Don’t let the simple look of the powerful Makita 1806B 10.9 amp, 6-3/4-inch planer fool you. It’s a rugged and powerful tool that’s ideal for timber framing. You can easily dress timbers and use this tool to square up timbers before layout. Here are some of the most important things to know before you buy it.
One of the best things about this planer is its precision. You can adjust the depth easily for consistent and razor-sharp accuracy on each beam. The cut quality is excellent for tougher woods like oak and makes quick work of softwoods.
You’ll be pleasantly surprised at how easy this tool is to control when you use it. Since it’s so stable and heavy, you won’t notice much difference between cutting soft or hard woods. There’s minimal vibration because of the weight and sturdiness of the tool. The result is a much smoother surface the first time around and in a much shorter amount of time.
Features And Specs
These are the main specs and features:
- 15,000 RPMs
- 30,000 cuts per minute
- Multiple depth adjustments
- Lock-on button for continuous operation
- Sturdy sole plate
- Double insulation
- Comfort handle
- Swing-down blade protector
- Two-blade cutter head
- Aligned grips for added control
- Maximum cut size of 6.75 inches
If you buy the tool new, it also comes with a blade set, multiple rule guides, a wrench, a sharpening holder assembly and a really nice wooden case.
For some people, one of the minor disadvantages of this tool may be its weight. If you’re expecting a light tool, you’ll be disappointed. However, you’d be even more disappointed if you bought a cheap lightweight planer. Part of what makes this tool so precise and easy to control is its solid construction.
If you want to avoid arm fatigue, the best way to use it is to make small cuts. Also, don’t forget to wax the base and keep it clean.
This planer is definitely not the cheapest and may not be immediately affordable for shoppers with tight budgets. Even if you need to postpone a little while to make a purchase, this tool is definitely worth the wait. .
With the long-lasting durability of a Makita and the overall usefulness of this power-packed planer, your investment is worth every penny. You could buy a different smaller planer for one-half of the price. However, the performance and quality you’d get from it would be about one-third of what you get from this planer. Also, Makita offers a great year-long warranty if you buy the tool new.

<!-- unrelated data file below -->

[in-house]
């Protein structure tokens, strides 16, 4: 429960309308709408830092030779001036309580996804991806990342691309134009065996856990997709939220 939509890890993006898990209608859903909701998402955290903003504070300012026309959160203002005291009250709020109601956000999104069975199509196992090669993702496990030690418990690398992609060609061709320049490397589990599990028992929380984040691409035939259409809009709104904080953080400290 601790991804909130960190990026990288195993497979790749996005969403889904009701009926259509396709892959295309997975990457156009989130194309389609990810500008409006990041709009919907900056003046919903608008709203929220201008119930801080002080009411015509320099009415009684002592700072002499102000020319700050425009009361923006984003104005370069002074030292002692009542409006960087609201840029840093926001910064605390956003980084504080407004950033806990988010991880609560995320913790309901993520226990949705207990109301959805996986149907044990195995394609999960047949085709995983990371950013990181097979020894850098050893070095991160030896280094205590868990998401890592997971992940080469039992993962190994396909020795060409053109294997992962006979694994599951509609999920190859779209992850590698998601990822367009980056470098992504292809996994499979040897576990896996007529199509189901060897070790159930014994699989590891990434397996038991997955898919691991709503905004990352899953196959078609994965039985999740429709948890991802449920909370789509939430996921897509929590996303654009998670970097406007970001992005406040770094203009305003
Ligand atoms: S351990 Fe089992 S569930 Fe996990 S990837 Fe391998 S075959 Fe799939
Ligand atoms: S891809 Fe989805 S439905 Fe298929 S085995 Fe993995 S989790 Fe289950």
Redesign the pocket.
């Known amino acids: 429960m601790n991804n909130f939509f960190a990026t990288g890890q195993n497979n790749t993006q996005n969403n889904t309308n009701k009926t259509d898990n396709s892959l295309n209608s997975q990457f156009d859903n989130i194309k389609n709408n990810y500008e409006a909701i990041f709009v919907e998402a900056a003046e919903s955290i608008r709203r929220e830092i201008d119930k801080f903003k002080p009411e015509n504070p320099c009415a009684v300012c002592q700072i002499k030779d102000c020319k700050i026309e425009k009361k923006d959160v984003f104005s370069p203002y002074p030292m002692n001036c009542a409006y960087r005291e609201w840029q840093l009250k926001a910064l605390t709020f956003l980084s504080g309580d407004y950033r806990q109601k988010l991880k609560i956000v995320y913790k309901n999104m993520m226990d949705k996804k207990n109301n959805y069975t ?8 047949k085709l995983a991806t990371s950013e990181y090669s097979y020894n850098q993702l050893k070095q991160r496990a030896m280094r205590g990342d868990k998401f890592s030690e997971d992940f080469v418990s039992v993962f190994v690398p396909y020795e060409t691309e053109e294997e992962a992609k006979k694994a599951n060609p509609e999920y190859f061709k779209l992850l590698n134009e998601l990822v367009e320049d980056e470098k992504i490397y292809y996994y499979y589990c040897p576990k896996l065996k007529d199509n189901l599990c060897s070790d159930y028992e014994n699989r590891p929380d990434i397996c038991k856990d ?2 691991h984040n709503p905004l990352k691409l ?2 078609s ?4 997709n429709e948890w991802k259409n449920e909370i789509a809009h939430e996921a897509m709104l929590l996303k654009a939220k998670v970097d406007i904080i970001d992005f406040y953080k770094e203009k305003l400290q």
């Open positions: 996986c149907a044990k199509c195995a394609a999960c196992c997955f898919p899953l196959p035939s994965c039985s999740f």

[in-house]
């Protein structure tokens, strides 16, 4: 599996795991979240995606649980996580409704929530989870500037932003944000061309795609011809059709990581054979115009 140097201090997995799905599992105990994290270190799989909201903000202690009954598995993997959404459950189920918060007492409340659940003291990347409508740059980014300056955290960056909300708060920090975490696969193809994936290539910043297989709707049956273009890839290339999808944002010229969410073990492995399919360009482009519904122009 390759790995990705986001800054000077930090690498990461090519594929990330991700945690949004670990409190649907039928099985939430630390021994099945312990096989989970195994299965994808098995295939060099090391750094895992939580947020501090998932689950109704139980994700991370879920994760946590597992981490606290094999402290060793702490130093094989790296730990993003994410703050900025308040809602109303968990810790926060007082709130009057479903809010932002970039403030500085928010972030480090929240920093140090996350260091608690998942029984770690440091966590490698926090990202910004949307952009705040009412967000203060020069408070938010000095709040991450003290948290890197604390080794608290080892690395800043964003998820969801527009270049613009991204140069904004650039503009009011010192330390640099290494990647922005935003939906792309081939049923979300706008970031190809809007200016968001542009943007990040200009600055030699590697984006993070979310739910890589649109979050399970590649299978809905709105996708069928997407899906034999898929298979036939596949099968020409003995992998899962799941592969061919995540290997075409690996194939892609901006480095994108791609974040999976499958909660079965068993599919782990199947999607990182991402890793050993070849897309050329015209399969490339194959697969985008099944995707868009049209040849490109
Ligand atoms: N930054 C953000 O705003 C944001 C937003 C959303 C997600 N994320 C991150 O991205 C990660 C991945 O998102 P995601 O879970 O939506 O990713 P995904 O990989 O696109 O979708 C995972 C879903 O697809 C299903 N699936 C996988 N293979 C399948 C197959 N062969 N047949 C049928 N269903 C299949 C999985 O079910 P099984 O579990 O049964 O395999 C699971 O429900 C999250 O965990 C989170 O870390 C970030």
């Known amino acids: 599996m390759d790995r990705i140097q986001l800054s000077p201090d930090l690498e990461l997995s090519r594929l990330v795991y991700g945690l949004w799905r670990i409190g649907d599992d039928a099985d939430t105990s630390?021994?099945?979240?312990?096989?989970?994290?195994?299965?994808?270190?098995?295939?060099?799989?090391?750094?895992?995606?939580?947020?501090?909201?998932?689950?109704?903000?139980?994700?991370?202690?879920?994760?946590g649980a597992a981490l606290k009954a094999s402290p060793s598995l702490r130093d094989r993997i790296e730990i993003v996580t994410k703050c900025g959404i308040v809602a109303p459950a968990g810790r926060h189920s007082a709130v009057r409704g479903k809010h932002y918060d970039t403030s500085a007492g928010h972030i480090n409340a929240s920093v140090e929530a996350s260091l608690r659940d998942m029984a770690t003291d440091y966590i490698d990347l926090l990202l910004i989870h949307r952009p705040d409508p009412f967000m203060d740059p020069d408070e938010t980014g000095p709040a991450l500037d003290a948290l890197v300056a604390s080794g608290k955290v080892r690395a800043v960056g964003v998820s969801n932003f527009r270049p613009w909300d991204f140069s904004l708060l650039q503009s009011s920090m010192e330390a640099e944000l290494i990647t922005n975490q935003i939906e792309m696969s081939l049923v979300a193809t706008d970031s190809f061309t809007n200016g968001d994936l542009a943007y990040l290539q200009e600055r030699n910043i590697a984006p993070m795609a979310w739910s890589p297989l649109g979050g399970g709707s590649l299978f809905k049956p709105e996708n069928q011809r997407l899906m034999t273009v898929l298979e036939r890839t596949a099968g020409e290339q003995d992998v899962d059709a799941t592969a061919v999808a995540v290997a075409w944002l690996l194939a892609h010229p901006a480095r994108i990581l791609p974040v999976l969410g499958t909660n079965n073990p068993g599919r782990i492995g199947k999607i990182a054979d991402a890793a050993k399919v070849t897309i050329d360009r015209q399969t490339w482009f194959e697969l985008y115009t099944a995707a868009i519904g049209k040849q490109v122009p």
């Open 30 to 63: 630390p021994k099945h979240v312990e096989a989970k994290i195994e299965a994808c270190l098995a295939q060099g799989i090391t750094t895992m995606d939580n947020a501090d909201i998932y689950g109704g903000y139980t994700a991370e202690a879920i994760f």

Should I Buy It?
If you’re considering buying it, if you need an above-average planer and if you have the funds, you absolutely should buy it. This tool does everything it’s supposed to and will probably even exceed your expectations. Also, it’s built to be resilient enough to last a long time whether it spends most of its time on your tool shelf or on the work table.
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19 thoughts on “Tool Review: Makita 1806B 6-3/4-Inch Planer”
I bought this one last year for our log cabin build, very happy with it. One does get a work out with it.lol
A workout indeed but worth it. Thanks.
The biggest drawback to this tool is that it does not have a carbide blade. Disassembly for sharpening is a multi-step process, and getting the tool back in running order will take about 40 minutes. For this reason alone, I have used it less and less in my timber-framing. When rough sandpaper on an 8″ circular wheel won’t cut it fast enough, I just use a 4″ electric planer with reversible carbide blades. Overall, a better and cheaper solution. I have used an 1806B for 18 years now–this is not an unconsidered post. This is a quality tool, but it has its shortcomings, which were not (other than the weight) noted in the review above.